Current approaches to rehabilitation for people who have multiple long term conditions (LTCs) including COPD, heart failure, arthritis and diabetes, do not include all aspects of well-being important for improving health. As a result, referral rates and attendance is low at the many rehabilitation programmes offered. The low referral and attendance rates, and the limitations imposed by disease-specific programmes for people with multiple LTCs, point to the need for a complete change in the way that supporting and improving health is undertaken. Rather than developing a new health focussed initiative, we want to work together with communities to develop and try initiatives that help people with multiple LTCs to access community support, increase their sense of connectedness within their community, improve physical activity, and thus live lives they feel are fulfilling and worthwhile.
To determine the best ways to achieve this, we plan to involve a wide range of people within the community, including those with multiple LTCs, to develop meaningful ways to improve community and social connectedness. There will be a focus on new technologies, or new ways of using technology, and how to best include health related messages and interventions within what’s already happening within communities. The aim will be to develop capabilities of communities to support people with LTCs. We hope that all members of a community will benefit, with particular emphasis on those with multiple LTCs, with increased physical activity, improved literacy (including health literacy), and new strategies to better manage their own health and well-being.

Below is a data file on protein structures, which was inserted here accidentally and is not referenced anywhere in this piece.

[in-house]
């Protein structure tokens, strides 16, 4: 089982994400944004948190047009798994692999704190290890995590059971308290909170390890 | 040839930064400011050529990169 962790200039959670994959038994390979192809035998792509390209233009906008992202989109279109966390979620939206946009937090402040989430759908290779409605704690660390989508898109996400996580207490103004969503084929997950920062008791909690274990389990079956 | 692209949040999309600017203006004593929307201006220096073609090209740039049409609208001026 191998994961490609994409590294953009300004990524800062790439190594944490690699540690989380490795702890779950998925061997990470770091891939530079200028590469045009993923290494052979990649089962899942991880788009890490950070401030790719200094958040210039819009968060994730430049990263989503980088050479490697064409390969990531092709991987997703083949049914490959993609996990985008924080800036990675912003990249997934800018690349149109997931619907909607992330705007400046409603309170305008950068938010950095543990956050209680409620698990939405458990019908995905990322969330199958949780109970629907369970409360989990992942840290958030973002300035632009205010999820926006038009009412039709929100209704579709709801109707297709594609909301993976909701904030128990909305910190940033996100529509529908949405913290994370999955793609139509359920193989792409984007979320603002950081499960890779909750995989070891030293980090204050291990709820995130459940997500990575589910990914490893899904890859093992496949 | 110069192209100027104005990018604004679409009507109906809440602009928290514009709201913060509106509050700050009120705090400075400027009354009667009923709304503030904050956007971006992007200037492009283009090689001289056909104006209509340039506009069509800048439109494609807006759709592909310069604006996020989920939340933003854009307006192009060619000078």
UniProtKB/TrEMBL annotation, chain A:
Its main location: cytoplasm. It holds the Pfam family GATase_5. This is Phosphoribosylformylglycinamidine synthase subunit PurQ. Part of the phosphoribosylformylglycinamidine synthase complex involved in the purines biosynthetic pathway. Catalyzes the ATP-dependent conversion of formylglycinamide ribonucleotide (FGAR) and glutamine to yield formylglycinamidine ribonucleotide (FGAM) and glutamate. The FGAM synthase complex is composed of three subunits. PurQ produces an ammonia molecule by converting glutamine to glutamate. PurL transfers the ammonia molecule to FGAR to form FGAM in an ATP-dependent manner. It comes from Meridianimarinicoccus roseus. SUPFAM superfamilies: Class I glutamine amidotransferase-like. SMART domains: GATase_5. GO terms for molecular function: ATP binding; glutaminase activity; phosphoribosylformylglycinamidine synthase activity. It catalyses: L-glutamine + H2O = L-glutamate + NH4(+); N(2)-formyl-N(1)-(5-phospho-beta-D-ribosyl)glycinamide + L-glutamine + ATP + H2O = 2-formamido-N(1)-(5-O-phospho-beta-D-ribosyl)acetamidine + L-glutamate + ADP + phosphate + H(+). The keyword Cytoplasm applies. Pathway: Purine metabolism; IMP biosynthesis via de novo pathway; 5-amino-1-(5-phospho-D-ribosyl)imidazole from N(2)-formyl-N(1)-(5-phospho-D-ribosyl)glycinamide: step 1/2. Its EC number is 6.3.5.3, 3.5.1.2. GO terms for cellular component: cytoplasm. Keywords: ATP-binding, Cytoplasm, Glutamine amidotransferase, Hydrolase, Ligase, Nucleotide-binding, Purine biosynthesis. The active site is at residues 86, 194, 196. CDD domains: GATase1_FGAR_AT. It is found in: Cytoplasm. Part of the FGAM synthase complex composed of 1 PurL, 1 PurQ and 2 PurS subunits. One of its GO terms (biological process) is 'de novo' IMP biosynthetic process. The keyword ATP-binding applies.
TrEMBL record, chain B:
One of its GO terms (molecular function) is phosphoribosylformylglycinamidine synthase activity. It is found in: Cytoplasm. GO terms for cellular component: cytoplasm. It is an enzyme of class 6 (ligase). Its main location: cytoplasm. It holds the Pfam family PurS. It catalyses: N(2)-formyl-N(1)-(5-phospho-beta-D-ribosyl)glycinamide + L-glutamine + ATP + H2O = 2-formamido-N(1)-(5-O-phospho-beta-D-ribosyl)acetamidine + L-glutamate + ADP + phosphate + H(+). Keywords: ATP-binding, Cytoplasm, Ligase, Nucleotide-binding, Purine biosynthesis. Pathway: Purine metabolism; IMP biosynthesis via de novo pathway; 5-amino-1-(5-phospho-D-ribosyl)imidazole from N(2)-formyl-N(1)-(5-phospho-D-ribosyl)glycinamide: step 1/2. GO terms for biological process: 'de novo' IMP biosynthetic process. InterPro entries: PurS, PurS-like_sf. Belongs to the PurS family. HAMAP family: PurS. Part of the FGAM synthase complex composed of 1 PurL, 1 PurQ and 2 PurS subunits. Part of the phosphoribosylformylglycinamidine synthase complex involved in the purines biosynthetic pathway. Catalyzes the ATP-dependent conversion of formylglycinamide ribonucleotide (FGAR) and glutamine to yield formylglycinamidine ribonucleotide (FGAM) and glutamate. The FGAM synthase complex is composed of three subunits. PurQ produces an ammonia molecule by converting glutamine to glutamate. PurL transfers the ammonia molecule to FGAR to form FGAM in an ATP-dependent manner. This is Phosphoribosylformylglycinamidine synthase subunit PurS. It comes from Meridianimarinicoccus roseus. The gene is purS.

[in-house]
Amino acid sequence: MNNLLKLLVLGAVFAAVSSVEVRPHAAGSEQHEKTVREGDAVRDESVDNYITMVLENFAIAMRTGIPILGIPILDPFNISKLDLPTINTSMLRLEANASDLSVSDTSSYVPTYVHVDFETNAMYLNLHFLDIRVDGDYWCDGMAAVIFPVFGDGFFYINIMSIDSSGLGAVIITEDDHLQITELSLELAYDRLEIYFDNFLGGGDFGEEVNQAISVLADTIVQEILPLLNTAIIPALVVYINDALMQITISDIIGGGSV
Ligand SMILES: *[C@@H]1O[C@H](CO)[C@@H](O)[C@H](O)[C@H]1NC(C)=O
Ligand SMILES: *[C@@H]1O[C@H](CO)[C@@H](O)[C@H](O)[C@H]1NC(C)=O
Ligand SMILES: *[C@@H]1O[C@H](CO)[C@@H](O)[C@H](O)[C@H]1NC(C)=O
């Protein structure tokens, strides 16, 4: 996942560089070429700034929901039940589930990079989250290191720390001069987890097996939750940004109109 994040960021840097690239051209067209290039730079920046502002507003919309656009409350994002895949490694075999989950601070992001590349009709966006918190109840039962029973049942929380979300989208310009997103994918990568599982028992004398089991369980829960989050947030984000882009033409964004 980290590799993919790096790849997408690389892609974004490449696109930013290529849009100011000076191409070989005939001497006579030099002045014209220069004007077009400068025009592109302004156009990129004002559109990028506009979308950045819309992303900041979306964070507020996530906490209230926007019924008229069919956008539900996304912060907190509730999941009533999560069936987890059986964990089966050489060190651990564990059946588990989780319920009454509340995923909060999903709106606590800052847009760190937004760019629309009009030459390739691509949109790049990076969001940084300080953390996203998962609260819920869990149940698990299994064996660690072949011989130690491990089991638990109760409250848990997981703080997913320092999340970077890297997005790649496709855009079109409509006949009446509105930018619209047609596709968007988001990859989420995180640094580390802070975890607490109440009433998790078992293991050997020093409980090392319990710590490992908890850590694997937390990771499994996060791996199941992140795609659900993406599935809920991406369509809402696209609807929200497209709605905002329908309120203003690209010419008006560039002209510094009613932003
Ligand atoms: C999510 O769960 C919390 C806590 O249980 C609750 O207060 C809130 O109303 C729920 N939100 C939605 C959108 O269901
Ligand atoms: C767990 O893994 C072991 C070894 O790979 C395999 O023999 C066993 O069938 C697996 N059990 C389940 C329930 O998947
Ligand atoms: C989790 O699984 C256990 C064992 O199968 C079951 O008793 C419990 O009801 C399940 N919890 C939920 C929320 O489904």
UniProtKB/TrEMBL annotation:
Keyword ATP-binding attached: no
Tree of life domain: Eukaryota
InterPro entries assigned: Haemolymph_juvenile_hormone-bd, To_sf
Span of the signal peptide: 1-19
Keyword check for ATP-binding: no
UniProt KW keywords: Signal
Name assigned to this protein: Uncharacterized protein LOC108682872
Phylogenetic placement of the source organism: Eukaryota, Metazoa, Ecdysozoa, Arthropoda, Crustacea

This research project is funded by the Ministry of Health, Health Research Council of New Zealand, and Healthier Lives National Science Challenge, as part of the Long Term Conditions Partnership.
Find out more about the study at www.wellconnectednz.org.
WellConnectedNZ Te Ranga i te Tira – Improving individuals’ health by strengthening community connectedness – a proof of concept initiative
Science Leader and principal investigator:
- Dr Caralyn Purvis
- Dr Malina Storer
- Dr Hilda Mulligan
- Dr Malcolm Campbell
- Professor Simon Kingham
- Dr Mandy Wilkinson
- Dr Melissa Kerdemelidis